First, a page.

Three months ago, property fund managers were quietly hopeful if not confident.

London skyline

Many thought the UK would remain in Europe. And those that did not believed they were prepared for redemption requests in the event of a vote to leave. Well, three of them did anyway.

In April, Aberdeen Asset Management, F&C and Legal & General revealed they were holding more cash than usual as they prepared for outflows. However, they were the cautious few, and even they could not protect themselves from what has happened since 23 June.

At noon on Monday 4 July, after 11 days of mayhem politically and on the stock markets, Standard Life Investments declared it had suspended its UK Real Estate fund as redemptions flooded in. Seventy two hours later, seven funds collectively managing around £15bn of property had closed the gates.

This week, it was revealed that the Bank of England had been warned at meetings on 28 June and 1 July of the outflows from retail funds and that funds might be suspended in the wake of the Brexit vote. So why couldn’t last week’s spate of suspensions be prevented?

Could this turn into another mis-selling scandal? And should the model be changed so such funds resemble open-ended institutional funds, which are traded monthly or quarterly rather than daily?

What makes last week’s events – and the subsequent forced sale of assets – so galling for many is that it is not the first time this has happened.

Several property funds were forced to suspend redemptions during the financial crisis of 2008, as investors sought to withdraw money at a rate faster than properties within the funds could be sold.

But, despite warnings that the promise of daily liquidity should not be made as property is essentially an illiquid asset, the Financial Conduct Authority (FCA) ignored calls for regulatory changes.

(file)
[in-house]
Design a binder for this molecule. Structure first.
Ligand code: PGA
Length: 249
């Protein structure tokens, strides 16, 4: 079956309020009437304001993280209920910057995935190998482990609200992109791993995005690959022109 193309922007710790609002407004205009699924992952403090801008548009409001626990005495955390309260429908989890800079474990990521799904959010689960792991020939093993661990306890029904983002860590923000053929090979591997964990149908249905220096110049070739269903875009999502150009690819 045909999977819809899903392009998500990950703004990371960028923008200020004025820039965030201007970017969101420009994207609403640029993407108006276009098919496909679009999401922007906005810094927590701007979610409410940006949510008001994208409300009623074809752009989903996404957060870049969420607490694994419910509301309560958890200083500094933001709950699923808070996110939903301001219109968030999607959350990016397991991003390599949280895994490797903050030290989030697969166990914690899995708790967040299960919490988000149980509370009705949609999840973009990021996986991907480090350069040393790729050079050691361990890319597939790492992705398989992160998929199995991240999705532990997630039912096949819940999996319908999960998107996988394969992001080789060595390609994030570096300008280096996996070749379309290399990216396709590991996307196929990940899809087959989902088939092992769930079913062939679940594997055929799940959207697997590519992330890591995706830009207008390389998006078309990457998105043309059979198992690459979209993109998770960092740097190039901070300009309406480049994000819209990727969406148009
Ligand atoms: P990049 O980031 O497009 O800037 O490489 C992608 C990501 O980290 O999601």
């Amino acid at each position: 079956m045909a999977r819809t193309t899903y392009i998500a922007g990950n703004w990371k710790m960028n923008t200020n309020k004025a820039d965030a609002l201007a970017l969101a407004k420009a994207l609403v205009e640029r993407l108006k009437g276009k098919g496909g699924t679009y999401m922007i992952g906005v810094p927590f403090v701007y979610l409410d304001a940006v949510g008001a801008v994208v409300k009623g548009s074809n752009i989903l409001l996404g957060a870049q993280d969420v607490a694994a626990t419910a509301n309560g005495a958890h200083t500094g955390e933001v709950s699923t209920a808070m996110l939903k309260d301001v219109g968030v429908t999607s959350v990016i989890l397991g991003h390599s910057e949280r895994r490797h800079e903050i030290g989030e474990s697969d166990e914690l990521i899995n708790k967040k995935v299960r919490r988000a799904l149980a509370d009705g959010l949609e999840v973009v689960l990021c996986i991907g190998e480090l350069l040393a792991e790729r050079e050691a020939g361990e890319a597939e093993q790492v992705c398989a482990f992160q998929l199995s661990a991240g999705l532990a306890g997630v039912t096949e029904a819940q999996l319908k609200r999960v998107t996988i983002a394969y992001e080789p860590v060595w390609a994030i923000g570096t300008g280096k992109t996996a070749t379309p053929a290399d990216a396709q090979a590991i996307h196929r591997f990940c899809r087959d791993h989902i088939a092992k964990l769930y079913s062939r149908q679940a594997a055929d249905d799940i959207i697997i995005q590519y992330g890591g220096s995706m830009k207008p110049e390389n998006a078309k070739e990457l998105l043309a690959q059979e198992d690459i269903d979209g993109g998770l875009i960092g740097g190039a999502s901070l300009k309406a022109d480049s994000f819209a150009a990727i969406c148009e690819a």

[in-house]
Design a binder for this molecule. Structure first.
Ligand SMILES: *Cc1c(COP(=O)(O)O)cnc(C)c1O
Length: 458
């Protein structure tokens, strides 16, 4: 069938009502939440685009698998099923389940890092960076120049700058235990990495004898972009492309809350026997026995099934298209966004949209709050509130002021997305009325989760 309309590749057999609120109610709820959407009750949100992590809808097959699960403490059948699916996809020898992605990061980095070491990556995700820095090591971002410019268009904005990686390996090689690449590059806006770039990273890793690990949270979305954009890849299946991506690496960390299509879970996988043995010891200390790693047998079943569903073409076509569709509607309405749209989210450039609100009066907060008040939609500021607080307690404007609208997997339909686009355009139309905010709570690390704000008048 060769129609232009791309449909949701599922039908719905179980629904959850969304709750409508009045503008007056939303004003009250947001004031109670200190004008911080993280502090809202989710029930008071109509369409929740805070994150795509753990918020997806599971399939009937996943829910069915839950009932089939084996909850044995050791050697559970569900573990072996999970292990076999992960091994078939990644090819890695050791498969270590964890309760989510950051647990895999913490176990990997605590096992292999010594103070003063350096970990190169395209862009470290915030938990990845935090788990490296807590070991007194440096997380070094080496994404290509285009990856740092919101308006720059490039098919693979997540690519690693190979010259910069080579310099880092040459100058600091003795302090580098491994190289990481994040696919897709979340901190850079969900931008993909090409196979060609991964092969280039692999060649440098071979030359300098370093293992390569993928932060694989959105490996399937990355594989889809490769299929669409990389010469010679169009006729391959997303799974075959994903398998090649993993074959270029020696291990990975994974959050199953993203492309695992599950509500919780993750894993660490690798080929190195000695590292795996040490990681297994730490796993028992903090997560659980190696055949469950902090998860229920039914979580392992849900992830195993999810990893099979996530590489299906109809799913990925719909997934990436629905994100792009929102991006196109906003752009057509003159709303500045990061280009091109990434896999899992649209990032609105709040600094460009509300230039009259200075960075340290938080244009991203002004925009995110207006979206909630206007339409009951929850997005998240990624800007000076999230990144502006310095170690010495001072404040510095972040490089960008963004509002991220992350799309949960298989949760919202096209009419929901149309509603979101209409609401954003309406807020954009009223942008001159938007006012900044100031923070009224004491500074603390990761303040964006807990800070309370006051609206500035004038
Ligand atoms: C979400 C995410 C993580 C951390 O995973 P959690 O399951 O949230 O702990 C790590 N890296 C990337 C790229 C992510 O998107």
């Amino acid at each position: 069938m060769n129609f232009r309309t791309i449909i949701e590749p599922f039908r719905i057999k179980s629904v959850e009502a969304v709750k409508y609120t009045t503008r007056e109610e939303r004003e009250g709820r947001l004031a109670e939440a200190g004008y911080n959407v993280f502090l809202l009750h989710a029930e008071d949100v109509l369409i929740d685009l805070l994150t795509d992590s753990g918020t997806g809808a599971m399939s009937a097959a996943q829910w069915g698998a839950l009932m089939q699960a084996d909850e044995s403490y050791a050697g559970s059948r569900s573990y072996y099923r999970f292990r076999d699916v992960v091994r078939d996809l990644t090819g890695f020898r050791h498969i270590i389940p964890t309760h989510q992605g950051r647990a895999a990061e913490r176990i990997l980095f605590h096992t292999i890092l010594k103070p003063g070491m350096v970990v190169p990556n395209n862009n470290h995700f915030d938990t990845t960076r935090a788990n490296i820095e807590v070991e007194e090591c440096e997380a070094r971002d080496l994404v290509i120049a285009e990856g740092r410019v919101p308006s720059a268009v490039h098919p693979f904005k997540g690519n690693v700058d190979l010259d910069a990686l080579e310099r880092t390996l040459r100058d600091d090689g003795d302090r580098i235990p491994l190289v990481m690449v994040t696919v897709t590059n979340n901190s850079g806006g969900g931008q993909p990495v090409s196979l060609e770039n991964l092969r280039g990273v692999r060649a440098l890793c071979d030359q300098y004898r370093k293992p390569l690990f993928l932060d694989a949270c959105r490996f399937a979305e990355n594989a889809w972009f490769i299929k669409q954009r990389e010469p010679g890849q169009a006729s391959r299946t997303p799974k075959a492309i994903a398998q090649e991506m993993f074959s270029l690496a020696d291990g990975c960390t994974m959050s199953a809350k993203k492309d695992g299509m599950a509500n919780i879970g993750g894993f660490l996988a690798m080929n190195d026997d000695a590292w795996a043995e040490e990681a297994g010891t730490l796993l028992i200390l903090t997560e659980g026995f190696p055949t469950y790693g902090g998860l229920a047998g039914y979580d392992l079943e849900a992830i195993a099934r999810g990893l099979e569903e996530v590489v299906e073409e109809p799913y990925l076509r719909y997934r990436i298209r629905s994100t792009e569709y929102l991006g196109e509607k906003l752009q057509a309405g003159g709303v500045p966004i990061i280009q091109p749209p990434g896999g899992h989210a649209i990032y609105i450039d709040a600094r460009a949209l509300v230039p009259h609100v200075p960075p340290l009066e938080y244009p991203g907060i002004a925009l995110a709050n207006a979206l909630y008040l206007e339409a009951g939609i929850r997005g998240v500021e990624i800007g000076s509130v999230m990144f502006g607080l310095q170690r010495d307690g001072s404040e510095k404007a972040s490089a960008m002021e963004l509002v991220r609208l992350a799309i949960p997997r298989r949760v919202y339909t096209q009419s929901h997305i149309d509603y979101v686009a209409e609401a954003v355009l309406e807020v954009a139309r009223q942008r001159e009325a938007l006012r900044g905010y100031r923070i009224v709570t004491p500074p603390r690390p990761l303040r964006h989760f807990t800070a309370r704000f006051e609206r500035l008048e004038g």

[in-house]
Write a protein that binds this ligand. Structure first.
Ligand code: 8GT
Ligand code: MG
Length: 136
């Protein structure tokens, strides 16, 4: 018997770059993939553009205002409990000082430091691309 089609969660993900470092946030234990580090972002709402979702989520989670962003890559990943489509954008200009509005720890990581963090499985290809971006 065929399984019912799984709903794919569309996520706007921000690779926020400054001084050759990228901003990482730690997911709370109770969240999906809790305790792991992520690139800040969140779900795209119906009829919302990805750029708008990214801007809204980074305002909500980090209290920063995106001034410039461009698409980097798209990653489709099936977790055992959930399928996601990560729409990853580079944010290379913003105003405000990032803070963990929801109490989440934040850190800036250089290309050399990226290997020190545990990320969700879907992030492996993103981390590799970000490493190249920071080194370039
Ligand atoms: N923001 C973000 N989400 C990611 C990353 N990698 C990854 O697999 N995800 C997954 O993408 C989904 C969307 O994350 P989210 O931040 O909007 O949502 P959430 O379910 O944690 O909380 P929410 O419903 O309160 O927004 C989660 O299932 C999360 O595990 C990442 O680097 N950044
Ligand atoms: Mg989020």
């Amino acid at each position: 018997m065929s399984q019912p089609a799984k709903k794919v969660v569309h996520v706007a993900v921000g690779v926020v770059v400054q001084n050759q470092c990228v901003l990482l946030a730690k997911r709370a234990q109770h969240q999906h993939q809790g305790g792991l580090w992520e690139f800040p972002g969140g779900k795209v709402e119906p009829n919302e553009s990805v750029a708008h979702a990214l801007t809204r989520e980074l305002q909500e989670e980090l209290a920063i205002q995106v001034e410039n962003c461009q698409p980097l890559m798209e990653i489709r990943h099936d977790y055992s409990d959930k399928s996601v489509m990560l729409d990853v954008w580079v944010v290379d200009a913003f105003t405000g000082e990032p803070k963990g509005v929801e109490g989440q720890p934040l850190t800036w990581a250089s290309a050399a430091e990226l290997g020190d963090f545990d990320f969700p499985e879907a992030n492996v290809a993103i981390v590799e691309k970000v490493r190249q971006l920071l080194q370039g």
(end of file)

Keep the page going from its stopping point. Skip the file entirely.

Now it is coming under pressure once again to review the rules and do what many feel should have been done eight years ago: namely protect individual retail investors from themselves.

John Forbes, a leading consultant in the property fund arena, was one of those lobbying for change following the last financial crisis. In 2012, a paper he authored for the Association of Real Estate Funds (AREF) was delivered to the FCA as part of the organisation’s call to change the way open-ended funds were regulated.

One of the key points from Forbes’ report was that there is a trade-off between liquidity, volatility, performance and risk. “There is an increasing recognition of the consequences of this and many managers of open-ended funds have, with the support of investors, moved to place restrictions on absolute liquidity by limiting the capacity for investors to redeem their units,” he says.

“This is starting to become a spur to product development. Unfortunately, this is not reflected in the regulations.”

More choice needed

When AREF lobbied the FCA to bring in tighter regulations and give retail investors more choice, the regulator felt that the benefit of liquidity outweighed stability and left things as they were.

John Forbes

John Forbes

“It’s liquidity versus stability,” says Forbes (pictured). “I believe that retail investors would benefit from better governance of funds, as well as being given wider choices in the market.

“After the last crash, those funds purely for institutional investors looked at how they operated and created more long-term investment vehicles.

“They are still open-ended, but not as open-ended as retail funds, and with better governance, longer-term objectives and an element of liquidity, these funds are better protected against such panic runs.”

For Forbes, the lack of choice for retail investors is a key point. “Sure, the liquidity is good, but it’s not good when the funds are suspended,” he says.